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Poetic justice

Poetic justice
Highlights

There is no stopping the prodigiously gifted Norwegian, who has once again proved that when it comes to making the winning moves, he is the inarguable king.  Magnus Carlsen may not have asked for a more memorable gift than making it a hat-trick of World Chess Championship on the day he turned 26. 

There is no stopping the prodigiously gifted Norwegian, who has once again proved that when it comes to making the winning moves, he is the inarguable king. Magnus Carlsen may not have asked for a more memorable gift than making it a hat-trick of World Chess Championship on the day he turned 26.

Ever since the time he downed five-time world champion Viswanathan Anand in his backyard, Carlsen has demonstrated that he is destined to hold fort for a long time to come. Ironically, it was major body-blow to Anand, who was made to go back in time when the Lightning Kid had wrested crown for the first time as a master of the moves at a very young age.

However, Carlsen could not take his title for granted this time around as he ran into another 26-year-old who was at his pugnacious best, who almost pulled off an improbable upset. It should go to the credit and temperament of Carlsen that he survived a gritty showing by Russian Grand Master Sergey Karjakin, who went down with all guns blazing. It was poetic justice that the championship should have gone to the wire and had an almost football-like finish.

Indeed, it is rare for tie-breaker verdict in a tournament of such a magnitude and was a result that comes across as a major boost to the mind-game. It is also a good augury that a staid sport had a spectacular result, one that comes as an exciting development.

It may not exactly be similar to the days of the Bobby Fischer era but there are indications that with young blood ruling the roost and calling the shots, chess is indeed in for an exciting makeover.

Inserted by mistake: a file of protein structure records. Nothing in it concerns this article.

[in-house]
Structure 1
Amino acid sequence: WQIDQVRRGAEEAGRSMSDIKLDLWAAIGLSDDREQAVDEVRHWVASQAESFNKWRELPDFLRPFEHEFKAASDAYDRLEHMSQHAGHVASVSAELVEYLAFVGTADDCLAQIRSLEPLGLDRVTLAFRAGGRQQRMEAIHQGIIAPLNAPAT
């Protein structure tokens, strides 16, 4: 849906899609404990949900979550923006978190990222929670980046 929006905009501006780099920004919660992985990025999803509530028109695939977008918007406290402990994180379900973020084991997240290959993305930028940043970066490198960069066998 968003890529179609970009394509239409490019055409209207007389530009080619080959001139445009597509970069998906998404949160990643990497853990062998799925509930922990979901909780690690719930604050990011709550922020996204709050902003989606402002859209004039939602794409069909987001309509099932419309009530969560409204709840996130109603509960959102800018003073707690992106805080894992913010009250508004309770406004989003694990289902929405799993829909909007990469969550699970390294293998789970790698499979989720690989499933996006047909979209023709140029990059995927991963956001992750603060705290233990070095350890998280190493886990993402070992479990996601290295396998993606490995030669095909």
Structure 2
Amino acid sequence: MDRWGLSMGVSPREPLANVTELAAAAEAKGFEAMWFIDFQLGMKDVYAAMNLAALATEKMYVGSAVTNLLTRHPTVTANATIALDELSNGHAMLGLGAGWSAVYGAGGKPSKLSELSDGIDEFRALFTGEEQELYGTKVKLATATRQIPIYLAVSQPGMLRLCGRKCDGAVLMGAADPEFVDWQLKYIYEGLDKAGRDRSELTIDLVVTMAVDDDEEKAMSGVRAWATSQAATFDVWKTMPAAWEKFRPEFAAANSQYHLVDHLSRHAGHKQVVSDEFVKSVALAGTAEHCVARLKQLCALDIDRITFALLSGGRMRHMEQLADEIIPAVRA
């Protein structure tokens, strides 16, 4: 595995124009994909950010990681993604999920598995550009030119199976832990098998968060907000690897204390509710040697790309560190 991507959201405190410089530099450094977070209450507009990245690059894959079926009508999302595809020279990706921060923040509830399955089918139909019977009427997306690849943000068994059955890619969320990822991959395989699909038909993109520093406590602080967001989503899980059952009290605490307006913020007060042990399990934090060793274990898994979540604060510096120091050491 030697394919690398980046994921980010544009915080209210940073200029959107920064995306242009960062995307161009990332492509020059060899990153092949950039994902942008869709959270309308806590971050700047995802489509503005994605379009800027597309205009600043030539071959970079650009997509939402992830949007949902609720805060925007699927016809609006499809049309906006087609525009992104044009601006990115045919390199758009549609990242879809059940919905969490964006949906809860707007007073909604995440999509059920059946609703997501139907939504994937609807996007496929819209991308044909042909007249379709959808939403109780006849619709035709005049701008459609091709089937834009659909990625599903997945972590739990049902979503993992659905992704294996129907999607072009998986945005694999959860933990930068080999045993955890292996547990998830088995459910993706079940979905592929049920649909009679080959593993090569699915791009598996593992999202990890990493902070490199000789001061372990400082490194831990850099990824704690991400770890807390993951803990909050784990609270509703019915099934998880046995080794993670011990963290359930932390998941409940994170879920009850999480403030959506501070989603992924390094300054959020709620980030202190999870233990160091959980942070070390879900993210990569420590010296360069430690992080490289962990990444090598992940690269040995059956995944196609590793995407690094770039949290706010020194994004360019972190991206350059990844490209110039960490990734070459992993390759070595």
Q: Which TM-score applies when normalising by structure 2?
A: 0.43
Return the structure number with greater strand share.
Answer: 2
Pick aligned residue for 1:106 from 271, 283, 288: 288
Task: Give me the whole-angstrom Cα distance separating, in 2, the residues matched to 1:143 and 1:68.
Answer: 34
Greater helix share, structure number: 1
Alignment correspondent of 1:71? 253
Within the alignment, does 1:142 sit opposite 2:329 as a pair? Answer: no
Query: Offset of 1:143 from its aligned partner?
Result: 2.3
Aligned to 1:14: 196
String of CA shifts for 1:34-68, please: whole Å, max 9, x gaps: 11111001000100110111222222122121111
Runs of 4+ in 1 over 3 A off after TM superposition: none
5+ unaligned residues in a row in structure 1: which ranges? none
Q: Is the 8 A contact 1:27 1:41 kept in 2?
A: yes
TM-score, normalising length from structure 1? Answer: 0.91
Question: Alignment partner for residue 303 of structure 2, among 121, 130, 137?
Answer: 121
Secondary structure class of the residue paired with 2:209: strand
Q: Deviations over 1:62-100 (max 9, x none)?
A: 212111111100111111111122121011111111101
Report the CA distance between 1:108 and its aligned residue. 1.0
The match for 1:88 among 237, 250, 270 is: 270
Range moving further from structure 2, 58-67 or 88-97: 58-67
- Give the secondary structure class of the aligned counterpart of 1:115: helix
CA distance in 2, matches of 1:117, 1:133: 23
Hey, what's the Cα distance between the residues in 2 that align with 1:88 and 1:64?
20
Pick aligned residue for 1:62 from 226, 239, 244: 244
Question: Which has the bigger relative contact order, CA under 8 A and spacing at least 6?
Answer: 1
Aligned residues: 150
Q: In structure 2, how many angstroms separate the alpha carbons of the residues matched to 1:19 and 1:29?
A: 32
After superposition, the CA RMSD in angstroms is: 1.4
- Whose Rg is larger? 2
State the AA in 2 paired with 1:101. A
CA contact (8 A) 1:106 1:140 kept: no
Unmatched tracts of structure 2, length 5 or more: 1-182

Hungarian Grand Master Denes Boros pointed out, “Karjakin only wanted to prove he was Carlsen’s equal while the kid came to prove that he was greater.” Between the two, they enjoyed the distinction of being the youngest pair ever to face off in the world championship.

There is no denying that Carlsen is poised to dominate the sport the way Garry Kasparov did for close to 15 glorious years. His record against the best of the lot places him in a position that has been conquered by a rare few with Anand being the last in the genre of exceptionally gifted players.

The way he exemplified shrewdness while taking on the surprising moves by his Russian opponent proves that Carlsen was able to stay in the hunt purely on the strength of his extraordinary coolness and the ability to transform a near-loss to a situation that could result in a gusty draw, if not a win.

The showdown was of the highest quality from both players, neither of whom was willing to give an inch to the other for fear that the one with the edge could go for the kill. In fact, the best part of the match was that both were warrior-like in their approach and that is precisely what made it a fascinating spectacle the likes of which have been rare in recent times.

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